University Of Bristol Writing Fellows

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University Of Bristol Writing Fellows

Royal Literary Fund Writing Fellows

Knowledge goes further if it’s well expressed

  • Do you struggle to put your thoughts down on paper?
  • Do you write well but feel there’s room for improvement?
  • Would you like help in approaching the writing process, from taking notes to compiling drafts and preparing your work for submission?

The Royal Literary Fund Writing Fellows in the Arts Faculty are available for confidential, one-to-one, consultations to advise you on how to improve your written work, whether planning and structuring your argument, writing clear and compelling prose, or editing, proof-reading and presenting the final version.

This is not about remedial English or support for non-native speakers. Even the most fluent writers – undergraduate and postgraduate – can benefit from advice on their writing, and an appointment with a Writing Fellow is intended for anyone who wants to be able to put across their ideas and arguments as effectively and persuasively as possible. Your work will not be marked, or discussed with any members of staff. This is simply an opportunity to get expert help with your writing, be it an essay, dissertation, thesis, or report.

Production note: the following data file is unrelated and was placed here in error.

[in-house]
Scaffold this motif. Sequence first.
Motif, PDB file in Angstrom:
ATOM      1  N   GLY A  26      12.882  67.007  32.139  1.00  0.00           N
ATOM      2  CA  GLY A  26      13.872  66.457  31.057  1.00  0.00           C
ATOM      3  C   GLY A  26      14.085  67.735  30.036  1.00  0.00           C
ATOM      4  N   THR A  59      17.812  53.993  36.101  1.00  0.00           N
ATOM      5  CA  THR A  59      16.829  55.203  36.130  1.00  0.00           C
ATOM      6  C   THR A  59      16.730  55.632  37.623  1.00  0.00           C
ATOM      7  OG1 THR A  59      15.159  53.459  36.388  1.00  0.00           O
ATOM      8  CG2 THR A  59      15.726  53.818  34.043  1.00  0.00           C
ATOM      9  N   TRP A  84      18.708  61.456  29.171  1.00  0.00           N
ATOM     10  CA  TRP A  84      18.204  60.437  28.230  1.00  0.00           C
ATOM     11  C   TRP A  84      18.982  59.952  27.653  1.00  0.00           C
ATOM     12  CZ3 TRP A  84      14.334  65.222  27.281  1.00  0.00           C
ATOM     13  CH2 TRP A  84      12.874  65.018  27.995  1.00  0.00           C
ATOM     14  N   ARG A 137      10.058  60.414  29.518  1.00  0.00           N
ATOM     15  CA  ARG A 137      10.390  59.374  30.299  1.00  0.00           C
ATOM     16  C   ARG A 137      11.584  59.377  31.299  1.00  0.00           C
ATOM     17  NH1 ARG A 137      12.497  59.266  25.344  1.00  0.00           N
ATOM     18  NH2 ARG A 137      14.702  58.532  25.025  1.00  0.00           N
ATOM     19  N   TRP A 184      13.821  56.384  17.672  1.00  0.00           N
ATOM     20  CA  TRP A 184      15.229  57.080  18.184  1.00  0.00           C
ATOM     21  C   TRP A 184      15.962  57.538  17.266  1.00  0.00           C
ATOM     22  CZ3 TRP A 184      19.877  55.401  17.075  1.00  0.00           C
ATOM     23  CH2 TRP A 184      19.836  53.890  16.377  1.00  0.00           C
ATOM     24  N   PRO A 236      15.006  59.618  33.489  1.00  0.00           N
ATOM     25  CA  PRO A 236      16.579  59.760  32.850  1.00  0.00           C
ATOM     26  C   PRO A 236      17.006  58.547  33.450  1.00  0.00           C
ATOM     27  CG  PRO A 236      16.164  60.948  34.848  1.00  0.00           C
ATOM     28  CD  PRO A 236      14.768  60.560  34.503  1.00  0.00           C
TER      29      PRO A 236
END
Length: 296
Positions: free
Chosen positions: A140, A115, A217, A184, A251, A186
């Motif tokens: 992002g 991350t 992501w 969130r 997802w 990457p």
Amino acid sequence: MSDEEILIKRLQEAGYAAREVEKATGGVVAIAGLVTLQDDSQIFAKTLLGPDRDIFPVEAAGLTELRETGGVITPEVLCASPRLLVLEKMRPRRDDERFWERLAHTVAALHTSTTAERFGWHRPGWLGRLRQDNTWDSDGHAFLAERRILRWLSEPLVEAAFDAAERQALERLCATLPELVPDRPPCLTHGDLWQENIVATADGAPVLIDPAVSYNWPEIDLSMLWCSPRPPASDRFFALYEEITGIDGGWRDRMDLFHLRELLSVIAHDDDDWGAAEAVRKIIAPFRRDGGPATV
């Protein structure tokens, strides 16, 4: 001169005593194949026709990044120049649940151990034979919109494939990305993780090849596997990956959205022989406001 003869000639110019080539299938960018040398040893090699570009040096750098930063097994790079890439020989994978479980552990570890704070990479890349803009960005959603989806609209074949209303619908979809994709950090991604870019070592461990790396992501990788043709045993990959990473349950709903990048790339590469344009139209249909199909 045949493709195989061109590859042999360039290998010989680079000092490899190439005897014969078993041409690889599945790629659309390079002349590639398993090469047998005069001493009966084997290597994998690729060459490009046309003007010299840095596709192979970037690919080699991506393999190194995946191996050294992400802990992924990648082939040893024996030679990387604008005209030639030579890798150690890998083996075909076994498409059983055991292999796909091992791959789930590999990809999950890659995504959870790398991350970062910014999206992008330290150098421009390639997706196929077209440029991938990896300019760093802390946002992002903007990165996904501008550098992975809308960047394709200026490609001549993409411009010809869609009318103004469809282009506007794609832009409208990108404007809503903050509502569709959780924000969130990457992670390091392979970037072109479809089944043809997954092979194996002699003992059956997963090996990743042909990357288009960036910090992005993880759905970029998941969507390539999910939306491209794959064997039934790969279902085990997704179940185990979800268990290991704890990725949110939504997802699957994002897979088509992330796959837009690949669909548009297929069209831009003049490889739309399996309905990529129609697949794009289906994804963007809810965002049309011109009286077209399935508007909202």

The Writing Fellows can help you with the following

  • help students approach the essay writing process from note-taking to drafting and presenting work
  • help students to identify patterns of strength and weakness in their own writing
  • focus on strategies for long-term improvement
  • help students develop more control over their writing
  • provide motivation, inspiration and encouragement.

The Writing Fellows will look at work and offer guidance on

  • how to make best use of grammar and punctuation
  • how to use sentence construction to convey ideas clearly and elegantly
  • how to develop an engaging and readable writing style
  • how to structure a piece of writing to ensure that it is clear and coherent.

The Writing Fellows will not

  • proof-read students’ work or edit students’ work
  • comment on marks already awarded, the overall quality of the work, or possible outcomes in assessment
  • provide a “quick fix” for work that is poorly prepared
  • comment on the subject content of the work.